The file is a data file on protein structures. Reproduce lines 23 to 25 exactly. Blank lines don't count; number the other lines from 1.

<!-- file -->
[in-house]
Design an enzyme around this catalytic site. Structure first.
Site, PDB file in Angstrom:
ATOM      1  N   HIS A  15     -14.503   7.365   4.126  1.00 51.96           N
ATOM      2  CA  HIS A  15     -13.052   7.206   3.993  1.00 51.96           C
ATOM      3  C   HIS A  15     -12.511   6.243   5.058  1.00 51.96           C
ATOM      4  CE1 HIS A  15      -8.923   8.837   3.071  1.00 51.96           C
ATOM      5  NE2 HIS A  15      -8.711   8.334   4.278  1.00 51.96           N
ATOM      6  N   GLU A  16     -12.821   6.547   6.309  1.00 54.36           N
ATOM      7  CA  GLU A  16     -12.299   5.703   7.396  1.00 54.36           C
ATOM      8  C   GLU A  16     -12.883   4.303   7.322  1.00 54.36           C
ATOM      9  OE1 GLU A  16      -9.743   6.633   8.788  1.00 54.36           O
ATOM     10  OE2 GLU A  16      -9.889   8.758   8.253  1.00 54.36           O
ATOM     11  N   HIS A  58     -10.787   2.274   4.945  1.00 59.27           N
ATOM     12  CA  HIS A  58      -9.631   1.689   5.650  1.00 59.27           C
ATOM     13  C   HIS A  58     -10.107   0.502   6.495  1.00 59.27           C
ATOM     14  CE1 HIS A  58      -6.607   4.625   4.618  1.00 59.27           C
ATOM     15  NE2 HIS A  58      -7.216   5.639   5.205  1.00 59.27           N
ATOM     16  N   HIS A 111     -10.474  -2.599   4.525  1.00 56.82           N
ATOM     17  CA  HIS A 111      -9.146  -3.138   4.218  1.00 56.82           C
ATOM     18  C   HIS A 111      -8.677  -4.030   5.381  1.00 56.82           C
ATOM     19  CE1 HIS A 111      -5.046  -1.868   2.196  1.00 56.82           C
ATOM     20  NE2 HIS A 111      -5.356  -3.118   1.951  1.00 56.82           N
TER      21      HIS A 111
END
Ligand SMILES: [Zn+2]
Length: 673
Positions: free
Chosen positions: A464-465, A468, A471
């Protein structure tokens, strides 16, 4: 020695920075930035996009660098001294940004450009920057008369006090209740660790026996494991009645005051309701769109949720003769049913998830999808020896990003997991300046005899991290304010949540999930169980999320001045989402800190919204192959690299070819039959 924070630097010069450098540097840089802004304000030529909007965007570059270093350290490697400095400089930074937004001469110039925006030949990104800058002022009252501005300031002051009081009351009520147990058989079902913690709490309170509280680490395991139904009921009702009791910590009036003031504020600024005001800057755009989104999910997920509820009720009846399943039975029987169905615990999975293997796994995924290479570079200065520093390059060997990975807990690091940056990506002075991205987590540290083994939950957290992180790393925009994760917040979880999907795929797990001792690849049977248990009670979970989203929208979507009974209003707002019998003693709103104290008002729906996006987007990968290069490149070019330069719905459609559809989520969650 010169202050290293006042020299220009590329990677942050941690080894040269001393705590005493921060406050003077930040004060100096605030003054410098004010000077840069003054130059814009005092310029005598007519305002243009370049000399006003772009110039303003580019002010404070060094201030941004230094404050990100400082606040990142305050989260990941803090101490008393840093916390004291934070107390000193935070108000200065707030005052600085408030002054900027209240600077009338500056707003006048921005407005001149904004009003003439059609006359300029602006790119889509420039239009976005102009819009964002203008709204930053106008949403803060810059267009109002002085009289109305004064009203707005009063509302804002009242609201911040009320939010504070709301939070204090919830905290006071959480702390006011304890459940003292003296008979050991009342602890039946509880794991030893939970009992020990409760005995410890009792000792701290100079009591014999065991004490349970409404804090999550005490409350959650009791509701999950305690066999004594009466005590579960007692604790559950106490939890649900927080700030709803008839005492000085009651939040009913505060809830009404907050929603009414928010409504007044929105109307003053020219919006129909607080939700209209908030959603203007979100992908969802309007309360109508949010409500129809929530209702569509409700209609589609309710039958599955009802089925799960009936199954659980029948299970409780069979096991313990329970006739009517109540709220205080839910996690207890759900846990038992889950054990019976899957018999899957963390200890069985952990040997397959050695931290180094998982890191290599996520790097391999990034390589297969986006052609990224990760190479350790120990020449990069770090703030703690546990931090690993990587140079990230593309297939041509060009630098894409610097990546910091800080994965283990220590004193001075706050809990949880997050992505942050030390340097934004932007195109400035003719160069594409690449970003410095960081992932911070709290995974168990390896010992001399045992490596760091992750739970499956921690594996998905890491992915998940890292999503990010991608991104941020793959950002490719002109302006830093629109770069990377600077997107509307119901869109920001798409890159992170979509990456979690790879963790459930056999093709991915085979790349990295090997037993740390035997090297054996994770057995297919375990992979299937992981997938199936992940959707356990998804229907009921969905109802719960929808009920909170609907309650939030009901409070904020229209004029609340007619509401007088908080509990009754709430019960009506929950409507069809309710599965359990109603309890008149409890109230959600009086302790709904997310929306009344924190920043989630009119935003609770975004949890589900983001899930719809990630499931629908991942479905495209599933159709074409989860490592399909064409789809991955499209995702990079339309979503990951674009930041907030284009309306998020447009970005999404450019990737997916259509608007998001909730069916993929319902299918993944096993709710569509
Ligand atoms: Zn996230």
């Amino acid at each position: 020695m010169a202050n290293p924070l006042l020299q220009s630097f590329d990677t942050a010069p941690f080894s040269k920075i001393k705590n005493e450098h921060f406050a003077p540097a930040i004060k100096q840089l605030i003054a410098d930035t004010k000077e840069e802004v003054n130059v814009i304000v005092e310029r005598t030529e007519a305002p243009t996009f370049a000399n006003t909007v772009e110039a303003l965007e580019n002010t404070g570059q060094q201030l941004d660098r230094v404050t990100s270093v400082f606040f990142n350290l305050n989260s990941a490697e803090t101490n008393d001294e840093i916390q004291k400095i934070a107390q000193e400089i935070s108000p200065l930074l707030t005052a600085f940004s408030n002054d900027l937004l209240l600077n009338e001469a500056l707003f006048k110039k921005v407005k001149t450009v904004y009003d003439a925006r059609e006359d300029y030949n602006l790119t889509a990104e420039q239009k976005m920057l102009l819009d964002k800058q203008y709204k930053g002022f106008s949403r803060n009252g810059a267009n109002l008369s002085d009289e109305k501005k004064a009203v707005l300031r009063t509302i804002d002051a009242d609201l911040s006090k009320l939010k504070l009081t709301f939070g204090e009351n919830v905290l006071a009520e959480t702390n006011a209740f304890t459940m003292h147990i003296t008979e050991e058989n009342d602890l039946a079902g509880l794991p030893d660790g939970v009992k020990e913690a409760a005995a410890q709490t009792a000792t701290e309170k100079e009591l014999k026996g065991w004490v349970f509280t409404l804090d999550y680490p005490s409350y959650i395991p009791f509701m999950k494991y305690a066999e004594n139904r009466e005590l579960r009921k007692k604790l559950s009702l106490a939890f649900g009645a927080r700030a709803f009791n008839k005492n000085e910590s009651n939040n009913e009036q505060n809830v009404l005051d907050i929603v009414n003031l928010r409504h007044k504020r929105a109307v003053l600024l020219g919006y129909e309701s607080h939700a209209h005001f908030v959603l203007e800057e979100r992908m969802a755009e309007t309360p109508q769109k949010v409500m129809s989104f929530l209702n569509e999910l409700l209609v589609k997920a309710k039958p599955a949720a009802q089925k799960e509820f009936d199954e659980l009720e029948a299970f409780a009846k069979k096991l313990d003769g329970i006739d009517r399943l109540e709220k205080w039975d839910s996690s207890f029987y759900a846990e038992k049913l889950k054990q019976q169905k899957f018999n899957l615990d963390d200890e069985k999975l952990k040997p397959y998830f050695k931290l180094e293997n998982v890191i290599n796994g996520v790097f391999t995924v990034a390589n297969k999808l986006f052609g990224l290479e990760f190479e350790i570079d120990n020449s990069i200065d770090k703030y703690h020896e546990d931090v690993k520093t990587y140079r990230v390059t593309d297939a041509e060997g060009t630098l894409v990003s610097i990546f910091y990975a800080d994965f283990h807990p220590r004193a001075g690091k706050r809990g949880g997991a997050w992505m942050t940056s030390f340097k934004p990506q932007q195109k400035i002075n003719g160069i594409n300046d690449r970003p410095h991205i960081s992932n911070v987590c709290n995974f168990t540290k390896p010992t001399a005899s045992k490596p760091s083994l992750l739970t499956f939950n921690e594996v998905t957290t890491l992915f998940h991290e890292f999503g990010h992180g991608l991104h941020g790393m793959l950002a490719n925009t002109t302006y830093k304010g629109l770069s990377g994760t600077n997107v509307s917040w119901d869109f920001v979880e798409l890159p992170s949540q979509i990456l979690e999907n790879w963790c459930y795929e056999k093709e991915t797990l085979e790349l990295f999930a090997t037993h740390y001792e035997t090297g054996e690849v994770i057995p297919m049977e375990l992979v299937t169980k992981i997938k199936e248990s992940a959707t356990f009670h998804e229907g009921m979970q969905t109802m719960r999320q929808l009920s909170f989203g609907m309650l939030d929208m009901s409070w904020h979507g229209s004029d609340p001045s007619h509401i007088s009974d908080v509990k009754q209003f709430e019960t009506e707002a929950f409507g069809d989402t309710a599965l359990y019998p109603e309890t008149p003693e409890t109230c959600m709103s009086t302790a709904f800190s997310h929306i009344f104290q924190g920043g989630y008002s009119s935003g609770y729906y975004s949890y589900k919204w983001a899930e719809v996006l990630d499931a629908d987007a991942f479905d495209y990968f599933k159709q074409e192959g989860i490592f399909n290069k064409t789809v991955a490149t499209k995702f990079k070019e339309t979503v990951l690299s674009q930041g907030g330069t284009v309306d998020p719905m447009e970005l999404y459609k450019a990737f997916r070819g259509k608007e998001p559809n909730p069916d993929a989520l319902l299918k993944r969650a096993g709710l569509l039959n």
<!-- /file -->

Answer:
ATOM     20  NE2 HIS A 111      -5.356  -3.118   1.951  1.00 56.82           N
TER      21      HIS A 111
END